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Aquaponics Fertilizer, Nutrients, and Deficiency Deep Dive

14 Oct, 2023 174
Aquaponics Fertilizer, Nutrients, and Deficiency Deep Dive - Unimother

We must go deep into chemistry to understand how the aquaponics system turns fish waste into plant fertilizer. Here is the short form for those not interested in that. 

Input = Output - Aquaponics Fertilizer: 

What you feed your fish will also feed your plants. Suppose you provide protein-rich feed to your fish. In that case, your plants in the aquaponics system will receive a lot of nitrogen because amino acids are made of a lot of nitrogen, and plants can even absorb amino acids directly. Carnivore fish, therefore, will grow leafy greens and herbs well. On the other hand, fish that you feed herbivores will grow great flowers, fruits, seeds, and vegetables in your grow bed because of the overabundance of the excreted potassium and phosphorus. Plants use these three nutrients most besides carbon, oxygen, and hydrogen. They are called macronutrients.

Compared to them, micronutrients are only required in small amounts. Still, they are essential, and there are over 20 of them to create enzymes, photosynthesis, and many plant processes that will affect health, immunity, taste, and fragrance. Further below is a table of the most important macro and micronutrients and how you identify the symptoms of your plant being deficient or maybe the excess of one nutrient is blocking the adsorption of other nutrients like trace minerals.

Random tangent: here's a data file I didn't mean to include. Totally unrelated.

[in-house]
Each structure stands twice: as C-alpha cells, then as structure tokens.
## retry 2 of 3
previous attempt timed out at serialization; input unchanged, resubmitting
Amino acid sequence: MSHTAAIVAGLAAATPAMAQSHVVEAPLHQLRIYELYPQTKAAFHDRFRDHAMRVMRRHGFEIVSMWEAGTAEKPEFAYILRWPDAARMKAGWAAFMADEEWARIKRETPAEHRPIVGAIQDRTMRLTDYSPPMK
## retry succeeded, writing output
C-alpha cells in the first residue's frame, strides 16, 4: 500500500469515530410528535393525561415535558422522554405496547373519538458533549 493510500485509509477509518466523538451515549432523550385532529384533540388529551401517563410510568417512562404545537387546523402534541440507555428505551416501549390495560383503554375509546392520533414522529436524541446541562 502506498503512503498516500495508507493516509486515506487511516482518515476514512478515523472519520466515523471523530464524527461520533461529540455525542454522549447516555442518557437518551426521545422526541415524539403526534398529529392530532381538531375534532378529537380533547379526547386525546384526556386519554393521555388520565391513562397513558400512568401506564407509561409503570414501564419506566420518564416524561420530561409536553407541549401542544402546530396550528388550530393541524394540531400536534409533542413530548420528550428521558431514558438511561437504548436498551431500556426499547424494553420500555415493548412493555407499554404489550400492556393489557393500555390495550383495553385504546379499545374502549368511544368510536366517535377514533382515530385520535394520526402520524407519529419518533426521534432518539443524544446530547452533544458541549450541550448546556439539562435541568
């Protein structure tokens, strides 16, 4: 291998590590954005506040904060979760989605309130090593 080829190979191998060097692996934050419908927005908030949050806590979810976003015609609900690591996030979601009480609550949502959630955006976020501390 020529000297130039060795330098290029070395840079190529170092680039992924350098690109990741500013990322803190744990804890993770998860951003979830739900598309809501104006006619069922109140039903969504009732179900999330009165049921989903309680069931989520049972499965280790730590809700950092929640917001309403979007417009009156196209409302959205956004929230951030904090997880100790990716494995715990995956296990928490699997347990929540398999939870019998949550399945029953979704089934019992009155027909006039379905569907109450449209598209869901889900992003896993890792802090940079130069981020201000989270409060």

So, how do you ensure that your plants have sufficient micronutrients if so many exist?

Mother made it easy for us. She ensured that all essential micronutrients were mixed in the earth's magma, and each time there was a volcanic eruption, the ash would fly worldwide and fertilize the whole world. 

Nowadays, we don’t have to wait for an outbreak to get sufficient micronutrient levels. Instead, we can use rock dust to get tasty and healthy food.

 

Rock Dust as Aquaponics Fertilizer

Over time as plants absorb minerals, they exchange them for hydrogen (H+) ions, naturally reducing the pH levels more and more in acidic areas. This is called biogenic acidification and can be reversed by adding minerals like rock dust.

Rock dust is essentially ground-up rock, containing a wealth of trace minerals and micronutrients essential for plant growth. In aquaponics, it can be an invaluable addition for a few reasons:

  • Diverse Mineral Content: Rock dust contains many micronutrients, especially from volcanic sources. These include but are not limited to Boron, Calcium, Chlorine, Cobalt, Copper, Iron, Magnesium, Molybdenum, Nitrogen, Phosphorous, Potassium, Silicon, Sodium, Sulfur, Zinc, and many more. Each of these plays a vital role in plant health.
  • Improved Soil Health: While aquaponics systems don't rely on traditional soil, the growing medium can still benefit from adding rock dust. It can improve water retention, enhance microbial activity, and steadily release micronutrients.
  • Enhanced Plant Growth: With a more diverse range of nutrients available, plants can grow more vigorously, produce more abundant yields, and have increased resistance to pests and diseases.